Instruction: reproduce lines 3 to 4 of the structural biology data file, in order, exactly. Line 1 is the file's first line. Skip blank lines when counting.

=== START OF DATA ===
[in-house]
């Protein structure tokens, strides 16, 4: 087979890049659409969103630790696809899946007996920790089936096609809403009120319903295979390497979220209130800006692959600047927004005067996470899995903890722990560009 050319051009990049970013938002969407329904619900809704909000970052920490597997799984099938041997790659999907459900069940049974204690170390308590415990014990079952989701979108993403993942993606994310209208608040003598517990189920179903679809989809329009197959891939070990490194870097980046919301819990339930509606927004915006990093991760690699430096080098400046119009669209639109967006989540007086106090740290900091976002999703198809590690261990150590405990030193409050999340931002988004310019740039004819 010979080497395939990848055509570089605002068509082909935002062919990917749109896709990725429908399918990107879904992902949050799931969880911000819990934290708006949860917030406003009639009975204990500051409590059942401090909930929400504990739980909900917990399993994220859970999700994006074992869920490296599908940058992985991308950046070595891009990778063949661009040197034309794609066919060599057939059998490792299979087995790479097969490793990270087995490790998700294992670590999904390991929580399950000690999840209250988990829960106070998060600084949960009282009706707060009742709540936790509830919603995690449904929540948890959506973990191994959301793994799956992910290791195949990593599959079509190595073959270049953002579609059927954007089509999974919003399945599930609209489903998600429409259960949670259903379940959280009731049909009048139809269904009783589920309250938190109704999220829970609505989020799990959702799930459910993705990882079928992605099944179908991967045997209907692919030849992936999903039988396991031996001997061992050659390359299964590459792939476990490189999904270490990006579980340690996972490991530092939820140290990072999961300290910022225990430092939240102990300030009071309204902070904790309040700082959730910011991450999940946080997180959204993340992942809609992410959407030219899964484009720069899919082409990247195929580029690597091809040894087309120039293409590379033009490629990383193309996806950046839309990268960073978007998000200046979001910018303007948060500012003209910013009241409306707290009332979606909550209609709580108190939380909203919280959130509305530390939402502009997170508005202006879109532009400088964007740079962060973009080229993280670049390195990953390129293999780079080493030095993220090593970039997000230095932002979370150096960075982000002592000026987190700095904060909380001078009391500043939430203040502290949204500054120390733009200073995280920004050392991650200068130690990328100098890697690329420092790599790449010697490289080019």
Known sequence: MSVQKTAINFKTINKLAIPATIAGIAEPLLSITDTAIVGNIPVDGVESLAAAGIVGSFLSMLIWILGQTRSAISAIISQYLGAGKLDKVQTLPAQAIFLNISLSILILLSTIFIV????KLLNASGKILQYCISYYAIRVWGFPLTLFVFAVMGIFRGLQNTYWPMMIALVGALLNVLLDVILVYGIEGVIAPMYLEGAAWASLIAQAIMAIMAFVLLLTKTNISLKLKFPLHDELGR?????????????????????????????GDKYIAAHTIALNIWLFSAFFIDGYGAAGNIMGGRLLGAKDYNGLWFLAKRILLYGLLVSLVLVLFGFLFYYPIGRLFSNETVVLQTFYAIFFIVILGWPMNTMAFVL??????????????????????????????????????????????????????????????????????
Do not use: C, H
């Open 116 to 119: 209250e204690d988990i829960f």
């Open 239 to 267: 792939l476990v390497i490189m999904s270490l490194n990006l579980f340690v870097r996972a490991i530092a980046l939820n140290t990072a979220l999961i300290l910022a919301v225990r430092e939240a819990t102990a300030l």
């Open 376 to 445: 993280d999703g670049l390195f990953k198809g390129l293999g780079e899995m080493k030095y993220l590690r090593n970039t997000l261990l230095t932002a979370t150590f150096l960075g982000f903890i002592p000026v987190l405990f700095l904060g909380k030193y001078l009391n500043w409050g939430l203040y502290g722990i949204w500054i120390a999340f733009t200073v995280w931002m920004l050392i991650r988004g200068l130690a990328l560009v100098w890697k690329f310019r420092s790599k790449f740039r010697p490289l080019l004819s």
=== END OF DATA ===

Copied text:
Known sequence: MSVQKTAINFKTINKLAIPATIAGIAEPLLSITDTAIVGNIPVDGVESLAAAGIVGSFLSMLIWILGQTRSAISAIISQYLGAGKLDKVQTLPAQAIFLNISLSILILLSTIFIV????KLLNASGKILQYCISYYAIRVWGFPLTLFVFAVMGIFRGLQNTYWPMMIALVGALLNVLLDVILVYGIEGVIAPMYLEGAAWASLIAQAIMAIMAFVLLLTKTNISLKLKFPLHDELGR?????????????????????????????GDKYIAAHTIALNIWLFSAFFIDGYGAAGNIMGGRLLGAKDYNGLWFLAKRILLYGLLVSLVLVLFGFLFYYPIGRLFSNETVVLQTFYAIFFIVILGWPMNTMAFVL??????????????????????????????????????????????????????????????????????
Do not use: C, H